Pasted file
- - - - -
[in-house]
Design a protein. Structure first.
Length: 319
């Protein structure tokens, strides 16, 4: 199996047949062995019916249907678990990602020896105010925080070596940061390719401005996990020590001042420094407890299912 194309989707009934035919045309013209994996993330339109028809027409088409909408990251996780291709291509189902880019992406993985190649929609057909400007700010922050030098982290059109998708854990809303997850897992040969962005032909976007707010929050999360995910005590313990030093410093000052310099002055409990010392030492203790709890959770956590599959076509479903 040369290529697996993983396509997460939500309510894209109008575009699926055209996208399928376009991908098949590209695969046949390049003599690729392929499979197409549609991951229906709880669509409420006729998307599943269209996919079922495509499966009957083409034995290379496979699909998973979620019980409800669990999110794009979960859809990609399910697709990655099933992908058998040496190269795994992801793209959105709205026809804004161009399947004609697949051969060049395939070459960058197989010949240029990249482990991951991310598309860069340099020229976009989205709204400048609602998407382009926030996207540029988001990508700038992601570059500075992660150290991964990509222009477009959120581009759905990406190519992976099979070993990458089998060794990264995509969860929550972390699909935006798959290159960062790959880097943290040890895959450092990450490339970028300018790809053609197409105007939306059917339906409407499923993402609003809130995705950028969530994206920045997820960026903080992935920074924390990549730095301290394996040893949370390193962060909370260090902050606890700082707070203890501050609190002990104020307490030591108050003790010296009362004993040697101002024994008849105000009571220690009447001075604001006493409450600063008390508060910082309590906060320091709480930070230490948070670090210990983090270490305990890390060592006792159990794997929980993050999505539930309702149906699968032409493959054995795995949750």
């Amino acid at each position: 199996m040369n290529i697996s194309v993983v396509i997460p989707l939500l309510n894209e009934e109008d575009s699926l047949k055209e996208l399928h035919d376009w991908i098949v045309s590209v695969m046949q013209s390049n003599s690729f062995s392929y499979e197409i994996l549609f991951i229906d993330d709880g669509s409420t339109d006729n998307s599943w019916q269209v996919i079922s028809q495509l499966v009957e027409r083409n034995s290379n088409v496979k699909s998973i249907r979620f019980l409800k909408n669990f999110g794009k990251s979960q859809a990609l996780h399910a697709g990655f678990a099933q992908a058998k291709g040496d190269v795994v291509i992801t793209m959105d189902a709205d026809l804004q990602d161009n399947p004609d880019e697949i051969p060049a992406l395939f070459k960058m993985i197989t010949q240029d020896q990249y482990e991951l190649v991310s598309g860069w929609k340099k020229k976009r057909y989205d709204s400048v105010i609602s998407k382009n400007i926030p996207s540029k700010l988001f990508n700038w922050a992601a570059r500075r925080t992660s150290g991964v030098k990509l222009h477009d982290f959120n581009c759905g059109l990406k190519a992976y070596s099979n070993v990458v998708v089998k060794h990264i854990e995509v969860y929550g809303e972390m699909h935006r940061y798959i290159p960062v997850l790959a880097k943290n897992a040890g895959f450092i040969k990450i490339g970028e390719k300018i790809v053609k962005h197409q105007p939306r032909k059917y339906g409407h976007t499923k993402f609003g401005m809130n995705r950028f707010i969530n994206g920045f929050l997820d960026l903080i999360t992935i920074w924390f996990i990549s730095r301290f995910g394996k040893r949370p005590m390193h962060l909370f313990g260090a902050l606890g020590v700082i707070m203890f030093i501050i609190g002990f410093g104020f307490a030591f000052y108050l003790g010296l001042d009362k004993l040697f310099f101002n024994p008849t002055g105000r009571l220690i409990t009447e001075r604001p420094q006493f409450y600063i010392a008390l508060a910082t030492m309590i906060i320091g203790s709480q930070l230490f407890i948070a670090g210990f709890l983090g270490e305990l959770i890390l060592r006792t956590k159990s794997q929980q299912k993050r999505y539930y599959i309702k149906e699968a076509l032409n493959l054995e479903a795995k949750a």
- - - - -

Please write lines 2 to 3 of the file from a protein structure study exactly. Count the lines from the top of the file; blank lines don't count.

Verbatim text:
Design a protein. Structure first.
Length: 319